The Many Colors of NIMBY: Affordable Housing IS needed, Just Not Here

Knapton, North Norfolk. Affordable housing is not needed here, but elsewhere in North Norfolk.

NIMBY: Not in My Back Yard. Part of an ongoing collection of articles exploring some of the many ways that a worldwide affordable housing crisis is opposed.

‘Here’ is a very flexible concept. Widen the idea of ‘here’ and it can include whole nations of people. When you narrow it, however, it is a tool for NIMBYites, who use it to reduce neighbourhoods to the most defendable size, conveniently blinding themselves to the affordable housing crisis.

But never mind neighbourhoods for a moment. What kind of ‘here’ is suitable for affordable housing? Land is a big hurdle and there is no free land where affordable housing is needed. Donated land, subsidized land, city-owned land — these ‘heres’ are the next best thing. Not too far from work is also a useful ‘here.’ And for people with disabilities the distance to transit, shops and other amenities may be a vital ‘here.’

Back to the ‘here’ and now of neighbourhoods. In Norman, Oklahoma, city council has been considering a neighbourhood zoning change from low density to medium density, so that three triplexes can be built for elderly and disabled citizens. Everyone agrees it’s a noble aspiration, including the neighbours.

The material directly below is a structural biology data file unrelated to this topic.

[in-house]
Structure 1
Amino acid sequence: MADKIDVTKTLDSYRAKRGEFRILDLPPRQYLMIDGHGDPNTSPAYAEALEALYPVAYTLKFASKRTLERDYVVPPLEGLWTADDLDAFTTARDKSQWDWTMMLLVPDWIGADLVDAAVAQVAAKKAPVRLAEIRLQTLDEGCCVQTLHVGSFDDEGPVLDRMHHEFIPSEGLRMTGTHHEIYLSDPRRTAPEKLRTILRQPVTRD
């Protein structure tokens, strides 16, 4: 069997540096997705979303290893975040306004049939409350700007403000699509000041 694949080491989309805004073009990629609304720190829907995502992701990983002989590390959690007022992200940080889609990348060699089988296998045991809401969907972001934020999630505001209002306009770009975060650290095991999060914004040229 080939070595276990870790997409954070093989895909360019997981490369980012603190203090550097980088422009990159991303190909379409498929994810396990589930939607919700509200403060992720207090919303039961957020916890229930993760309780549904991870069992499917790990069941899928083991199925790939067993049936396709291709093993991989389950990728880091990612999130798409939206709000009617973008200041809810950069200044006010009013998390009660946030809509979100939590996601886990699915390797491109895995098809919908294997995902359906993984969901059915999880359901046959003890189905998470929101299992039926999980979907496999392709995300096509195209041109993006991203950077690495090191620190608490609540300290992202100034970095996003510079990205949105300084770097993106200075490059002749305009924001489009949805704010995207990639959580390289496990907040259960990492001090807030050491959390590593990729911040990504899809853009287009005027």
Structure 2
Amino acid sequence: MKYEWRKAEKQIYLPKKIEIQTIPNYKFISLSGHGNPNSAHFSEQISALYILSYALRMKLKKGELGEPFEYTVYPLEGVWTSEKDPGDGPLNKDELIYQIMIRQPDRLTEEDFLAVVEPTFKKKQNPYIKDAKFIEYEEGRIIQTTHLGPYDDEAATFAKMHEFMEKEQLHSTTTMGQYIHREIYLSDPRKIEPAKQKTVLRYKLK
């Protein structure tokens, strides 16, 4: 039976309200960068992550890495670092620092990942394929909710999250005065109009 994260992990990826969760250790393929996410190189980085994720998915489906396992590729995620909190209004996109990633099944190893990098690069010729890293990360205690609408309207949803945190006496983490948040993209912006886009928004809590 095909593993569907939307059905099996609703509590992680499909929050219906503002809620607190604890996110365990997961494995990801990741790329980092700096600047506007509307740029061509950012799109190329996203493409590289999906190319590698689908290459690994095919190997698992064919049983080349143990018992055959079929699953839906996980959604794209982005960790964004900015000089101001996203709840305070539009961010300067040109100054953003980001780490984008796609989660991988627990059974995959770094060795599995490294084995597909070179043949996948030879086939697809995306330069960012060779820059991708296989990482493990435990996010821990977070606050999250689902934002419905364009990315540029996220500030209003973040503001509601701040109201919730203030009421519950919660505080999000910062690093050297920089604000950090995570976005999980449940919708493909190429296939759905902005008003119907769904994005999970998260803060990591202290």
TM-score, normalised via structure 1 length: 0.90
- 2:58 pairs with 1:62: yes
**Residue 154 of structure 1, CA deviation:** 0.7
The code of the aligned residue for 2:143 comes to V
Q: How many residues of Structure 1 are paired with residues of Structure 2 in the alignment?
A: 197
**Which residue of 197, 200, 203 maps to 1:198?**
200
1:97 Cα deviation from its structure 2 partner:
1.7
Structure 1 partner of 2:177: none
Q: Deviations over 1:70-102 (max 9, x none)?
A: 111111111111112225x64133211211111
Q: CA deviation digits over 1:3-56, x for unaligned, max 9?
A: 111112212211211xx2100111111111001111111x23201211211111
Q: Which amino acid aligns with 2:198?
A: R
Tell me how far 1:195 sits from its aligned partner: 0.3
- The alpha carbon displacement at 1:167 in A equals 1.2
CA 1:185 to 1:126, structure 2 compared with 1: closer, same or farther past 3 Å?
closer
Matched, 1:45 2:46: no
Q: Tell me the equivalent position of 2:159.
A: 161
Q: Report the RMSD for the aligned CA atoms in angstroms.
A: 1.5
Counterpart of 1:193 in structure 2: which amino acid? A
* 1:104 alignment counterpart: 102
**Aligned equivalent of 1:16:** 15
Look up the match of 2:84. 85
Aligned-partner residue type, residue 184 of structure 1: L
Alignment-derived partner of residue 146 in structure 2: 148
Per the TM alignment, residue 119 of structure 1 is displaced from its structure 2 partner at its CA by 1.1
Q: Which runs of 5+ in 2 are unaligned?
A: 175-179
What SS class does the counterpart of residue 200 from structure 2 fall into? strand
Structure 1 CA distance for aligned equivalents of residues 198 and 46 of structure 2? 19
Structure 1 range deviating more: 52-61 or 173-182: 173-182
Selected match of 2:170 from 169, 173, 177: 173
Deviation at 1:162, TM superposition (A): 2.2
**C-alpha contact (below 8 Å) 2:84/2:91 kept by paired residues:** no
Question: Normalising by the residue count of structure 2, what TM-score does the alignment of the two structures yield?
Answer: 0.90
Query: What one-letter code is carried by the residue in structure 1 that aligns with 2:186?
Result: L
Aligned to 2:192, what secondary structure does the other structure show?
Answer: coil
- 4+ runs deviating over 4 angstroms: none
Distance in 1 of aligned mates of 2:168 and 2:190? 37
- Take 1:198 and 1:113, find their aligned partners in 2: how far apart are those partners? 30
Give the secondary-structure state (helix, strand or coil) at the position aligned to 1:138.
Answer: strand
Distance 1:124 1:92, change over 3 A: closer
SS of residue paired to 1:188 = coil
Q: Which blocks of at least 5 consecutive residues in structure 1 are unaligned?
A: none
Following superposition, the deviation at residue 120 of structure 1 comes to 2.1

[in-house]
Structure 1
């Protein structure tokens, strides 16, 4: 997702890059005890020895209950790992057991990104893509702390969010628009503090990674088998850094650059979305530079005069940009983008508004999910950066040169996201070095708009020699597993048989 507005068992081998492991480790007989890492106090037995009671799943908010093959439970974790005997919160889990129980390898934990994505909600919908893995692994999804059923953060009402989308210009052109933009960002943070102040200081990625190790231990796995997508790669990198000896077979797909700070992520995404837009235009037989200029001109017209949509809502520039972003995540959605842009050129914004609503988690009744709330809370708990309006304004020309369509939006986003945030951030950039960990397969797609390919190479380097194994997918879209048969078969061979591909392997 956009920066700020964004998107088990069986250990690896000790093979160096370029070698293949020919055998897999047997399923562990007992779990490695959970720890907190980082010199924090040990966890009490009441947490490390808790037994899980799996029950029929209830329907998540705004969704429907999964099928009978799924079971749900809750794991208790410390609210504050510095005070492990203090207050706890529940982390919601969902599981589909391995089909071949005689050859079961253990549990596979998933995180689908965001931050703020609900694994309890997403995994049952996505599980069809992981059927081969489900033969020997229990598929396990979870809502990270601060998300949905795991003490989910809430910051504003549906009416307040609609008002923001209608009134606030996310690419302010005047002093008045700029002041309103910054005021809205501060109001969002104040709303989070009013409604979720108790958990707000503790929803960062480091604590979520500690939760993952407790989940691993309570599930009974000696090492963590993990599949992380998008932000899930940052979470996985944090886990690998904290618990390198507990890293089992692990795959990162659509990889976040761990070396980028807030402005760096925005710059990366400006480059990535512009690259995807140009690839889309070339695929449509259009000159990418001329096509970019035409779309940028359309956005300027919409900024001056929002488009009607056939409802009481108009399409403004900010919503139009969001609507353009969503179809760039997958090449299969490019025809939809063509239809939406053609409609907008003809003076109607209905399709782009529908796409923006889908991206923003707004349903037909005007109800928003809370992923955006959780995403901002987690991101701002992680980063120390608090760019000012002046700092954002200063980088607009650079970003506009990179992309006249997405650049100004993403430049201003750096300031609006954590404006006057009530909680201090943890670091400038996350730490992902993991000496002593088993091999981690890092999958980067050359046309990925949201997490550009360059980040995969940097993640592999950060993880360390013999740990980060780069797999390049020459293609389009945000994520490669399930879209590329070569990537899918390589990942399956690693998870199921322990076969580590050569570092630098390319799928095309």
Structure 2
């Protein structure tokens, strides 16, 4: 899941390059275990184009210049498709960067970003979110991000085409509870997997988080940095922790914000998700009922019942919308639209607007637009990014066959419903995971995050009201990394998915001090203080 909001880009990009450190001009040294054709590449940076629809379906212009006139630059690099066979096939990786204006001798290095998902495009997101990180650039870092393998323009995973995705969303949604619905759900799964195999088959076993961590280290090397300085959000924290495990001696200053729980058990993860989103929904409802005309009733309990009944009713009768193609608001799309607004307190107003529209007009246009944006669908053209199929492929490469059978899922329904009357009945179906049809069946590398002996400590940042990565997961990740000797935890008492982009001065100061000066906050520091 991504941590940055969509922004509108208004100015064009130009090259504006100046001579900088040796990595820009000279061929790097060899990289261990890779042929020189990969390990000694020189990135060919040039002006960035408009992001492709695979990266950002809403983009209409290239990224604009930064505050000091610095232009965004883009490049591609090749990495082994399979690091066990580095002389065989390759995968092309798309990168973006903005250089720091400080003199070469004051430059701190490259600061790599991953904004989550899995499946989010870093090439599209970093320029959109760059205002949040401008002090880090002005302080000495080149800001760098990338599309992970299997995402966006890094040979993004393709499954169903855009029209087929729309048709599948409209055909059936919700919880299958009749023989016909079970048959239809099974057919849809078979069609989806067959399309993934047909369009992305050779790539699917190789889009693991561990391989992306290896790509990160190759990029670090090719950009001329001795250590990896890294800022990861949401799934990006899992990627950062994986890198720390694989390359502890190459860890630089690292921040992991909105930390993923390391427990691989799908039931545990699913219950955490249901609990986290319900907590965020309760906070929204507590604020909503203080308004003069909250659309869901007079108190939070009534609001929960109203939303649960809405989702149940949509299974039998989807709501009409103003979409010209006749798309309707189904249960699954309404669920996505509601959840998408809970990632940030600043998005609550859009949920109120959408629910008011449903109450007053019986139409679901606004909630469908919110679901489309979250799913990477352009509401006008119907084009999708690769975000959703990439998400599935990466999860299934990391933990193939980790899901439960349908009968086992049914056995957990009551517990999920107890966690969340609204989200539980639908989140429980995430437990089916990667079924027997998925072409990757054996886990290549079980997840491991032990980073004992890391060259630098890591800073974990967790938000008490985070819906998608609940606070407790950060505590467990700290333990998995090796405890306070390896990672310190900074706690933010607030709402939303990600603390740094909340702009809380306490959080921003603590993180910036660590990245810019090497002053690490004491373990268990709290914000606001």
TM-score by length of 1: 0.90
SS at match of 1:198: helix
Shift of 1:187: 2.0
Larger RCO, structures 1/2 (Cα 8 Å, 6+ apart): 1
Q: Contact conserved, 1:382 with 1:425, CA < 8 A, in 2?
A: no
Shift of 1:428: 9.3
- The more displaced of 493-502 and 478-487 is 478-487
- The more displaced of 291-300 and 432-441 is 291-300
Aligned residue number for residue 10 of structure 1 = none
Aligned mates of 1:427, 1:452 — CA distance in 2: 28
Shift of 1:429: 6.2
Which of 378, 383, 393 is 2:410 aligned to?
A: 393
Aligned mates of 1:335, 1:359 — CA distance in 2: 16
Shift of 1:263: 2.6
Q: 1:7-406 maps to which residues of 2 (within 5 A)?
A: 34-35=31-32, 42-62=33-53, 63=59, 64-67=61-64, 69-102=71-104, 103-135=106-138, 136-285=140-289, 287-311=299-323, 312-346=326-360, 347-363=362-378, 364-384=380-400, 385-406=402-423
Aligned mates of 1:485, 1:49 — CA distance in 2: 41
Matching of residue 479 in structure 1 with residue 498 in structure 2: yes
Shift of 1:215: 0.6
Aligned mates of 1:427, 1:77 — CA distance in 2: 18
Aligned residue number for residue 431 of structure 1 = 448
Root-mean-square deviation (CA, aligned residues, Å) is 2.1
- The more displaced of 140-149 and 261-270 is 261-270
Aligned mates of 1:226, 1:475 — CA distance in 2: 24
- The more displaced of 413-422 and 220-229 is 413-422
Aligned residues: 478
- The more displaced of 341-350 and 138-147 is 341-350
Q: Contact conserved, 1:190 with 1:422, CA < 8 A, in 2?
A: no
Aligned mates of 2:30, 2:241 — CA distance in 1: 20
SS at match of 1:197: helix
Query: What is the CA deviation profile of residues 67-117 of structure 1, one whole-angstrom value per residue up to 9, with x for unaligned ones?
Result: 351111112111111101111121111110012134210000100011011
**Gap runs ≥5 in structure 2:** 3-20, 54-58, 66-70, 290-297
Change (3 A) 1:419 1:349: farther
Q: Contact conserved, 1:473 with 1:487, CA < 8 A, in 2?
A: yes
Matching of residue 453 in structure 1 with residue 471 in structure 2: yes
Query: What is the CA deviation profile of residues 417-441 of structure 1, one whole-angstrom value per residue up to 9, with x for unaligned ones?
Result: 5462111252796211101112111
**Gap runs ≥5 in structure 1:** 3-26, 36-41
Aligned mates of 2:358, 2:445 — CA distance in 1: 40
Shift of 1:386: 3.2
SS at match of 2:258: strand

But . . . just not ‘here’.

‘Here’ is a neighbourhood with low density zoning. It is a perfectly satisfactory ‘here’ and should not be changed, even though the impact of the change may be small. And council is siding with the neighbours.

The trials and tribulation of building affordable housing in the face of ‘just not here’ NIMBYism is a prime reason why leadership in affordable housing must be shared by all levels of government, national, state, provincial, regional as well as local.

Local councils representatives cannot be depended upon to face a crisis on a ‘big picture’ basis. Read more about how neighborhoods can squelch even the most unobtrusive affordable housing in the Norman Transcript: City roundup: council sides with neighbors again in latest zoning dispute

On the other side of the Atlantic, one ‘here’ is the district of North Norfolk, which has an affordable housing problem. But residents in the local village of Knapton in North Norfolk are bound and determined that ‘here’, green space is needed, while affordable housing is not.

The village council is soldiering on to approve plans for an affordable housing estate on the green space, which benefits the District of North Norfolk. Read more in the EASTERN DAILY PRESS: Affordable homes plan for Norfolk village receives 100 objections

Whether local councils agree or disagree, higher levels of government must demonstrate leadership in the war against affordable housing if there is to be any real change. Try: “Affordable Housing: The State Must Lead”


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